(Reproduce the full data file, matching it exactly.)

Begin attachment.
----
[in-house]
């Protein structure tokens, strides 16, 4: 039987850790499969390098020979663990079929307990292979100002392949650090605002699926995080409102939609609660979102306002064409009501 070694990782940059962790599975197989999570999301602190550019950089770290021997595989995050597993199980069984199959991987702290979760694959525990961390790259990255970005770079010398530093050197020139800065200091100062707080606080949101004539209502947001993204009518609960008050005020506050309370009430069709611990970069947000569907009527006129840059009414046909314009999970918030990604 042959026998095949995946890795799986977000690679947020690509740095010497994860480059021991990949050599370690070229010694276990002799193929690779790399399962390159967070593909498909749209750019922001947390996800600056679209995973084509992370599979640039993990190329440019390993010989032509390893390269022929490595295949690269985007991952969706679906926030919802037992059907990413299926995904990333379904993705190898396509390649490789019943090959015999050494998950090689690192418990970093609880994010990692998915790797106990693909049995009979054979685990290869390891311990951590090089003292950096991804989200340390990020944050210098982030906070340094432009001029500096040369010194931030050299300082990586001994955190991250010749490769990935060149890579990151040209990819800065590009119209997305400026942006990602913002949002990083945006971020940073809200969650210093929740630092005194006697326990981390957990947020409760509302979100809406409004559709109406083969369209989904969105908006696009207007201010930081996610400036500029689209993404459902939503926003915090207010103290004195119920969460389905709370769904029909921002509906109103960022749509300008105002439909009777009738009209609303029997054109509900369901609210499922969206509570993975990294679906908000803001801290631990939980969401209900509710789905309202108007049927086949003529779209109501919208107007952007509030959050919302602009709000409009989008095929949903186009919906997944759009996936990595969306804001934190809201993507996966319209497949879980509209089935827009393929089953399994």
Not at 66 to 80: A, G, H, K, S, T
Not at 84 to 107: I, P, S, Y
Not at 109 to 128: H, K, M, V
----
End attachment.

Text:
[in-house]
């Protein structure tokens, strides 16, 4: 039987850790499969390098020979663990079929307990292979100002392949650090605002699926995080409102939609609660979102306002064409009501 070694990782940059962790599975197989999570999301602190550019950089770290021997595989995050597993199980069984199959991987702290979760694959525990961390790259990255970005770079010398530093050197020139800065200091100062707080606080949101004539209502947001993204009518609960008050005020506050309370009430069709611990970069947000569907009527006129840059009414046909314009999970918030990604 042959026998095949995946890795799986977000690679947020690509740095010497994860480059021991990949050599370690070229010694276990002799193929690779790399399962390159967070593909498909749209750019922001947390996800600056679209995973084509992370599979640039993990190329440019390993010989032509390893390269022929490595295949690269985007991952969706679906926030919802037992059907990413299926995904990333379904993705190898396509390649490789019943090959015999050494998950090689690192418990970093609880994010990692998915790797106990693909049995009979054979685990290869390891311990951590090089003292950096991804989200340390990020944050210098982030906070340094432009001029500096040369010194931030050299300082990586001994955190991250010749490769990935060149890579990151040209990819800065590009119209997305400026942006990602913002949002990083945006971020940073809200969650210093929740630092005194006697326990981390957990947020409760509302979100809406409004559709109406083969369209989904969105908006696009207007201010930081996610400036500029689209993404459902939503926003915090207010103290004195119920969460389905709370769904029909921002509906109103960022749509300008105002439909009777009738009209609303029997054109509900369901609210499922969206509570993975990294679906908000803001801290631990939980969401209900509710789905309202108007049927086949003529779209109501919208107007952007509030959050919302602009709000409009989008095929949903186009919906997944759009996936990595969306804001934190809201993507996966319209497949879980509209089935827009393929089953399994």
Not at 66 to 80: A, G, H, K, S, T
Not at 84 to 107: I, P, S, Y
Not at 109 to 128: H, K, M, V